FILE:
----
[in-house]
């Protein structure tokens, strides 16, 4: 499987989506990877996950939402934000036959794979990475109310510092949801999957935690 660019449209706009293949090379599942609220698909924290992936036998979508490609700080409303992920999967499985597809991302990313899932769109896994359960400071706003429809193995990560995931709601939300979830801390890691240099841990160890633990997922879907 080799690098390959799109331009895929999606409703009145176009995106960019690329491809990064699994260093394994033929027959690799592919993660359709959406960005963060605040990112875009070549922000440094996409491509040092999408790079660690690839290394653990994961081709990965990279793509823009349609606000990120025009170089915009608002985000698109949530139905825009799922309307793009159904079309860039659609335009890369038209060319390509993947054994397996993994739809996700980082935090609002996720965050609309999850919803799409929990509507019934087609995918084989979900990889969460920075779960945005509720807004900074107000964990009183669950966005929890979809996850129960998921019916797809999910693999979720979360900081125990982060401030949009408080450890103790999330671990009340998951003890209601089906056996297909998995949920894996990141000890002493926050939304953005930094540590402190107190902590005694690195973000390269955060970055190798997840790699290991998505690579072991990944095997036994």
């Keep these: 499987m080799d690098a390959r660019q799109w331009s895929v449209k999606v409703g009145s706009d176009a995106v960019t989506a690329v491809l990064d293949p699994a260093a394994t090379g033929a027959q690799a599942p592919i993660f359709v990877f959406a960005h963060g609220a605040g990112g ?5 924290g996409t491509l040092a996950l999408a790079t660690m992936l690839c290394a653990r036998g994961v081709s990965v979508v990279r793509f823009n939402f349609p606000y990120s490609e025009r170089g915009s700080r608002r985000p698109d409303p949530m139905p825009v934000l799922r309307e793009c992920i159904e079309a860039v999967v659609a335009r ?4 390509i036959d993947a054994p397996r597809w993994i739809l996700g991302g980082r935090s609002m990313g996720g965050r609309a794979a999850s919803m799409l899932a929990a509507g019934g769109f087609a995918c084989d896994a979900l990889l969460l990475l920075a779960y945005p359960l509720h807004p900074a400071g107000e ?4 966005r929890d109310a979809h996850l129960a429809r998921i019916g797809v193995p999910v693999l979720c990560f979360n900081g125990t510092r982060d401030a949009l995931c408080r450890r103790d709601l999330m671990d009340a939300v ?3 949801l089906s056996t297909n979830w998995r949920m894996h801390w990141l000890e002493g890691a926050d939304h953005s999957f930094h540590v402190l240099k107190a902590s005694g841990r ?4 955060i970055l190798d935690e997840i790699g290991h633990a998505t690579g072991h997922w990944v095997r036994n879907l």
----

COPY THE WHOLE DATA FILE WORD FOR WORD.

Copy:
[in-house]
């Protein structure tokens, strides 16, 4: 499987989506990877996950939402934000036959794979990475109310510092949801999957935690 660019449209706009293949090379599942609220698909924290992936036998979508490609700080409303992920999967499985597809991302990313899932769109896994359960400071706003429809193995990560995931709601939300979830801390890691240099841990160890633990997922879907 080799690098390959799109331009895929999606409703009145176009995106960019690329491809990064699994260093394994033929027959690799592919993660359709959406960005963060605040990112875009070549922000440094996409491509040092999408790079660690690839290394653990994961081709990965990279793509823009349609606000990120025009170089915009608002985000698109949530139905825009799922309307793009159904079309860039659609335009890369038209060319390509993947054994397996993994739809996700980082935090609002996720965050609309999850919803799409929990509507019934087609995918084989979900990889969460920075779960945005509720807004900074107000964990009183669950966005929890979809996850129960998921019916797809999910693999979720979360900081125990982060401030949009408080450890103790999330671990009340998951003890209601089906056996297909998995949920894996990141000890002493926050939304953005930094540590402190107190902590005694690195973000390269955060970055190798997840790699290991998505690579072991990944095997036994």
């Keep these: 499987m080799d690098a390959r660019q799109w331009s895929v449209k999606v409703g009145s706009d176009a995106v960019t989506a690329v491809l990064d293949p699994a260093a394994t090379g033929a027959q690799a599942p592919i993660f359709v990877f959406a960005h963060g609220a605040g990112g ?5 924290g996409t491509l040092a996950l999408a790079t660690m992936l690839c290394a653990r036998g994961v081709s990965v979508v990279r793509f823009n939402f349609p606000y990120s490609e025009r170089g915009s700080r608002r985000p698109d409303p949530m139905p825009v934000l799922r309307e793009c992920i159904e079309a860039v999967v659609a335009r ?4 390509i036959d993947a054994p397996r597809w993994i739809l996700g991302g980082r935090s609002m990313g996720g965050r609309a794979a999850s919803m799409l899932a929990a509507g019934g769109f087609a995918c084989d896994a979900l990889l969460l990475l920075a779960y945005p359960l509720h807004p900074a400071g107000e ?4 966005r929890d109310a979809h996850l129960a429809r998921i019916g797809v193995p999910v693999l979720c990560f979360n900081g125990t510092r982060d401030a949009l995931c408080r450890r103790d709601l999330m671990d009340a939300v ?3 949801l089906s056996t297909n979830w998995r949920m894996h801390w990141l000890e002493g890691a926050d939304h953005s999957f930094h540590v402190l240099k107190a902590s005694g841990r ?4 955060i970055l190798d935690e997840i790699g290991h633990a998505t690579g072991h997922w990944v095997r036994n879907l």